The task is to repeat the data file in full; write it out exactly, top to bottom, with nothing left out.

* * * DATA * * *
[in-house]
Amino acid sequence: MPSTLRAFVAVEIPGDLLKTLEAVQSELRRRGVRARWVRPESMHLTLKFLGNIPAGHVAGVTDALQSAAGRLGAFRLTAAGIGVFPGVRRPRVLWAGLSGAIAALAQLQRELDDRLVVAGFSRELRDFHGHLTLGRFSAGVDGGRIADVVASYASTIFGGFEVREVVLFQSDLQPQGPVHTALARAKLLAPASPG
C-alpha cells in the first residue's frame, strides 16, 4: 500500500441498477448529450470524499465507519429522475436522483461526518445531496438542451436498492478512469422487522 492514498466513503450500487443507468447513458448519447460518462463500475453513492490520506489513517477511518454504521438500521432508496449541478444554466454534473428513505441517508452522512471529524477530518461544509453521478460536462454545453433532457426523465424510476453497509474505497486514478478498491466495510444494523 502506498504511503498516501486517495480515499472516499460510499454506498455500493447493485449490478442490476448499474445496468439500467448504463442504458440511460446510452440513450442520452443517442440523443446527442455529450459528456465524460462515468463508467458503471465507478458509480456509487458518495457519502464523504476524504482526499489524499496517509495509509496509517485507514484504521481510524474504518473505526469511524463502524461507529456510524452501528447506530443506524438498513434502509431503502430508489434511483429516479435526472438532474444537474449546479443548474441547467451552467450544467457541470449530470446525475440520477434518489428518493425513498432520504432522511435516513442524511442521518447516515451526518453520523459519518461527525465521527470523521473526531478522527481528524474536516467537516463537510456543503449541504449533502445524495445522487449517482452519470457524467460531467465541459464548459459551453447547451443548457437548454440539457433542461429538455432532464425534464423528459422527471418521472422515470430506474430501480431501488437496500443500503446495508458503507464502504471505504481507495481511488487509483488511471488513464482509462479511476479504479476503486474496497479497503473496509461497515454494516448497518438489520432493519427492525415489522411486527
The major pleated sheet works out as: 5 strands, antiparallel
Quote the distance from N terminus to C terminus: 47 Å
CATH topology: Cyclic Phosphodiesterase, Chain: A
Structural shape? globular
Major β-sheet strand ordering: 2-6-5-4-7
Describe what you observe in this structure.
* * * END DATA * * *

[in-house]
Amino acid sequence: MPSTLRAFVAVEIPGDLLKTLEAVQSELRRRGVRARWVRPESMHLTLKFLGNIPAGHVAGVTDALQSAAGRLGAFRLTAAGIGVFPGVRRPRVLWAGLSGAIAALAQLQRELDDRLVVAGFSRELRDFHGHLTLGRFSAGVDGGRIADVVASYASTIFGGFEVREVVLFQSDLQPQGPVHTALARAKLLAPASPG
C-alpha cells in the first residue's frame, strides 16, 4: 500500500441498477448529450470524499465507519429522475436522483461526518445531496438542451436498492478512469422487522 492514498466513503450500487443507468447513458448519447460518462463500475453513492490520506489513517477511518454504521438500521432508496449541478444554466454534473428513505441517508452522512471529524477530518461544509453521478460536462454545453433532457426523465424510476453497509474505497486514478478498491466495510444494523 502506498504511503498516501486517495480515499472516499460510499454506498455500493447493485449490478442490476448499474445496468439500467448504463442504458440511460446510452440513450442520452443517442440523443446527442455529450459528456465524460462515468463508467458503471465507478458509480456509487458518495457519502464523504476524504482526499489524499496517509495509509496509517485507514484504521481510524474504518473505526469511524463502524461507529456510524452501528447506530443506524438498513434502509431503502430508489434511483429516479435526472438532474444537474449546479443548474441547467451552467450544467457541470449530470446525475440520477434518489428518493425513498432520504432522511435516513442524511442521518447516515451526518453520523459519518461527525465521527470523521473526531478522527481528524474536516467537516463537510456543503449541504449533502445524495445522487449517482452519470457524467460531467465541459464548459459551453447547451443548457437548454440539457433542461429538455432532464425534464423528459422527471418521472422515470430506474430501480431501488437496500443500503446495508458503507464502504471505504481507495481511488487509483488511471488513464482509462479511476479504479476503486474496497479497503473496509461497515454494516448497518438489520432493519427492525415489522411486527
The major pleated sheet works out as: 5 strands, antiparallel
Quote the distance from N terminus to C terminus: 47 Å
CATH topology: Cyclic Phosphodiesterase, Chain: A
Structural shape? globular
Major β-sheet strand ordering: 2-6-5-4-7
Describe what you observe in this structure.